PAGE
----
BANGKOK (Reuters) – Bangkok’s once bustling Khaosan Road has been a shadow of its former self since the arrival of the COVID-19 pandemic last year, but business owners are hoping Thailand’s reopening to tourism this week will soon restore its buzz.
The early signs, however, are that they may need to wait a little longer.
Thailand, one of Asia’s most popular tourist destinations, has enforced strict entry curbs during the past 18 months, but from Monday allowed vaccinated travellers from more than 60 countries to visit without having to quarantine.
“Khaosan Road is Bangkok’s landmark for foreign visitors. For us all business owners, they are our hope,” Thapanee Pansodsaicharoenkit, owner of the ‘Rocco’ restaurant, told Reuters on Tuesday.
Before the pandemic, Khaosan Road was heaving with people on weekends and at night with cheap beer bars, tattoo parlours, street vendors, hostels and buzzing nightlife drawing budget travellers and tour groups alike.
When Reuters visited on Tuesday evening there were a few people visiting the restaurants and bars, but the street remained quiet, with around 90% of shops closed indefinitely.
“Yeah, we’ve been sitting and waiting for (foreign) visitors,” said 38-year-old waitress Walaiporn Roemthong, who has been working along the popular street for eight years. “It’s not like before, where we didn’t have to wait for them, they’d just arrive and take their seats.”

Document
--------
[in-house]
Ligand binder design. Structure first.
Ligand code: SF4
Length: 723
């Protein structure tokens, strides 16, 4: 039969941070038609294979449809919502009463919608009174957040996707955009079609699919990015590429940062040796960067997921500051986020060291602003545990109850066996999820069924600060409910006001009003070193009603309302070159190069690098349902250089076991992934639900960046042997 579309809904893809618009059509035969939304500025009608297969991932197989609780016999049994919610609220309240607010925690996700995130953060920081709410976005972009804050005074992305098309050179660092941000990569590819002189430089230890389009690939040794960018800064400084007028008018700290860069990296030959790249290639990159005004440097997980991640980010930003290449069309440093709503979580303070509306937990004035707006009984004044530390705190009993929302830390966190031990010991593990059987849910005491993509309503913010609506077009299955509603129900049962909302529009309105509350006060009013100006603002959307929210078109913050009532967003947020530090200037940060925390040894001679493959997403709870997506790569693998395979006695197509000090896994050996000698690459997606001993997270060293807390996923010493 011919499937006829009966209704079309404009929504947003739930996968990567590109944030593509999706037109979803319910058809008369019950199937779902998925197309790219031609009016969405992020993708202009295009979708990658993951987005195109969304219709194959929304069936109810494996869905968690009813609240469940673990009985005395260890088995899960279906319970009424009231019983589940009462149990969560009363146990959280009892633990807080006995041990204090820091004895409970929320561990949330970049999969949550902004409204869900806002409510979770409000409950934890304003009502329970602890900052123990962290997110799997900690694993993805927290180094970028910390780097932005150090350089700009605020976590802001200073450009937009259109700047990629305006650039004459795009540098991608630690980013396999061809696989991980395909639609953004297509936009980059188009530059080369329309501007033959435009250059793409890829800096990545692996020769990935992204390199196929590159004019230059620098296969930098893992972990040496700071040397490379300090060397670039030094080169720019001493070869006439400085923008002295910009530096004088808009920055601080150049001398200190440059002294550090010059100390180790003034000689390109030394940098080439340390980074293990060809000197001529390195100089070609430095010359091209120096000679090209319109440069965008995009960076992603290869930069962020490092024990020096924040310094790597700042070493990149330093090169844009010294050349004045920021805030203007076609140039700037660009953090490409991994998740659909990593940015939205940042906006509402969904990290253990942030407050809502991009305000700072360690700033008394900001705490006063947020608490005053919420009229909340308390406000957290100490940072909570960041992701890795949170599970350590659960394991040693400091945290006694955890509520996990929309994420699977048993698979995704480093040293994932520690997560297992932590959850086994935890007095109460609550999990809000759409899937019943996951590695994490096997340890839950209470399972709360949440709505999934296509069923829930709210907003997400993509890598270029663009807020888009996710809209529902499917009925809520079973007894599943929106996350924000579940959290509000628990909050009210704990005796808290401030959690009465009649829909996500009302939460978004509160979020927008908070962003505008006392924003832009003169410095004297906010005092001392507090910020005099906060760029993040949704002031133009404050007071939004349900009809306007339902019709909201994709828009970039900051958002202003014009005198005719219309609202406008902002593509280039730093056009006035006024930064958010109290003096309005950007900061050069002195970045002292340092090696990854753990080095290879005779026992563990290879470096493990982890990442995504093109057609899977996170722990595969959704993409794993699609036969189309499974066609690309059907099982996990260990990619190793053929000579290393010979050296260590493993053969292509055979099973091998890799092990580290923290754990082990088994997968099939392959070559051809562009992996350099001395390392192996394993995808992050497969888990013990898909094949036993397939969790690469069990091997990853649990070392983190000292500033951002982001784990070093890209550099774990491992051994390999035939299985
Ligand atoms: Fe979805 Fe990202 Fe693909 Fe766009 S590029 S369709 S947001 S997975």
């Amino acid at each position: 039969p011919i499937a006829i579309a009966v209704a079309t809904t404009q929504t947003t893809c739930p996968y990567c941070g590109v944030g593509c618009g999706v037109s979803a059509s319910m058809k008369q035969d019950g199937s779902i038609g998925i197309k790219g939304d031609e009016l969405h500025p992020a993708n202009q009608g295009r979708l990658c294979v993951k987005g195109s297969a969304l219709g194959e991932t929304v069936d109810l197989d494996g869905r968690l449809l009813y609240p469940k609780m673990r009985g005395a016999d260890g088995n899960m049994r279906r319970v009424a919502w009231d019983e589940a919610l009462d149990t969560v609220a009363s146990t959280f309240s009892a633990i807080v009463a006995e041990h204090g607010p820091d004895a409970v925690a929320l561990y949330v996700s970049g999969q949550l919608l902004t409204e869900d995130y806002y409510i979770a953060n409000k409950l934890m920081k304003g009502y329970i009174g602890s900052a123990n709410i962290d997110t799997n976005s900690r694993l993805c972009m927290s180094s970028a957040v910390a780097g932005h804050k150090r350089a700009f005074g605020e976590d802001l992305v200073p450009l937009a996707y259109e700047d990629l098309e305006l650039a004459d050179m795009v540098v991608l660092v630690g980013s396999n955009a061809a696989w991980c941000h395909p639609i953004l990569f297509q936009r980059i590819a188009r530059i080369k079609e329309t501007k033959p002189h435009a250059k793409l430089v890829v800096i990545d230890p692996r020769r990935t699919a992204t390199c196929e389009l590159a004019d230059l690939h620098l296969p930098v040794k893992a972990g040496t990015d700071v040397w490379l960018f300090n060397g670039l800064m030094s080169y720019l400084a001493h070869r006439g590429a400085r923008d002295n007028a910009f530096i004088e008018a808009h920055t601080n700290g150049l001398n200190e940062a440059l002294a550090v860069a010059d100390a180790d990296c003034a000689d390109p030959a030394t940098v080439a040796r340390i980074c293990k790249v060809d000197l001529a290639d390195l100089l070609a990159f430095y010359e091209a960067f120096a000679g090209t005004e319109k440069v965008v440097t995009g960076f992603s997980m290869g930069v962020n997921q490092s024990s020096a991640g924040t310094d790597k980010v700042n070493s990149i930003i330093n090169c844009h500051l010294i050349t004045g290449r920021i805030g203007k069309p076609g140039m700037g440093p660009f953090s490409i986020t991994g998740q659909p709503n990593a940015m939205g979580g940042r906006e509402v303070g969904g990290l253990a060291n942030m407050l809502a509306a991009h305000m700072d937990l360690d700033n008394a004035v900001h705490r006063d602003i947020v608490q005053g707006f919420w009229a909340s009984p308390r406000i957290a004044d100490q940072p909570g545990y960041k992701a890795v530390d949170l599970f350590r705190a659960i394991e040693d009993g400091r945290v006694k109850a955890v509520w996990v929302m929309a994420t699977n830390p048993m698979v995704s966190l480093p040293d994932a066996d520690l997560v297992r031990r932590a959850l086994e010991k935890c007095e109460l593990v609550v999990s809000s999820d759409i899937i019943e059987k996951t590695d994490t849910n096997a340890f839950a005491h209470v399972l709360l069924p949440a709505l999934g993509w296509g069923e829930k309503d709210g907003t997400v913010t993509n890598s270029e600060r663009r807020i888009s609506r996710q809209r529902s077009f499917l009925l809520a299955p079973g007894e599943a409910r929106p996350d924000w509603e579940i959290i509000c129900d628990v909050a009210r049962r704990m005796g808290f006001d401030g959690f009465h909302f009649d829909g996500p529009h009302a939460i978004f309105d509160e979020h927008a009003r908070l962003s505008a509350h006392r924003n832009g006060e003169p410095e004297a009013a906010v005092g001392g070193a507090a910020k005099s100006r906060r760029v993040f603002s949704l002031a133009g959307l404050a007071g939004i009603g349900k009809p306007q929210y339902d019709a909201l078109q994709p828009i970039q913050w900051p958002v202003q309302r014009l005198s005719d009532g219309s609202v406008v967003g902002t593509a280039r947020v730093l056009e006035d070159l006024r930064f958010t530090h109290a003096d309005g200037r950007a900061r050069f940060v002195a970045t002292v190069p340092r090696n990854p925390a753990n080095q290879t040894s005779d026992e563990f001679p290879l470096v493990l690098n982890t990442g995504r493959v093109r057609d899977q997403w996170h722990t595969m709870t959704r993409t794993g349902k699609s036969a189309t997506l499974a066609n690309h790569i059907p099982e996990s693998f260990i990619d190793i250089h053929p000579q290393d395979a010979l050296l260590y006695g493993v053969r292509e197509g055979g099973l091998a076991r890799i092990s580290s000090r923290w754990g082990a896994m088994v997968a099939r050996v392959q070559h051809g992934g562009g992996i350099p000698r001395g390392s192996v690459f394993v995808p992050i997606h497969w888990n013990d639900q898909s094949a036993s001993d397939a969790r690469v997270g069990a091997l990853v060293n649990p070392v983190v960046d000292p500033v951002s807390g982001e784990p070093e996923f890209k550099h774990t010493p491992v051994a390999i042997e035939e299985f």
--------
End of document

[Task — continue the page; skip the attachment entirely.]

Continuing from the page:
Business along the Khaosan Road has been on pause for the past 18 months, Prasit Singhdamrong, president of Khaosan Business Association, told Reuters by phone, with only 10% of businesses able to remain open.
Despite this week’s relaxation, some restrictions remain.
Restaurants certified by the tourism authorities can serve alcohol until 9 p.m. but bars will remain closed, the Bangkok Metropolitan Authority said in a statement Saturday.
That means many will still struggle, said Prasit, because some make only 1-5% of their sales on food with the bulk of their business coming from alcohol sales.
“Khaosan is not a place where people come to eat, because we’re not Michelin-star eateries,” said Prasit.
For some, however, there is still hope.
“I think it won’t be long for tourists to fill the street again, unless there’s another outbreak,” said 36-year-old Papot Meecharoen, as he waited for customers at his hair braiding stall.
(Reporting by Vorasit Satienlerk and Juarawee Kittisilpa; Editing by Alex Richardson)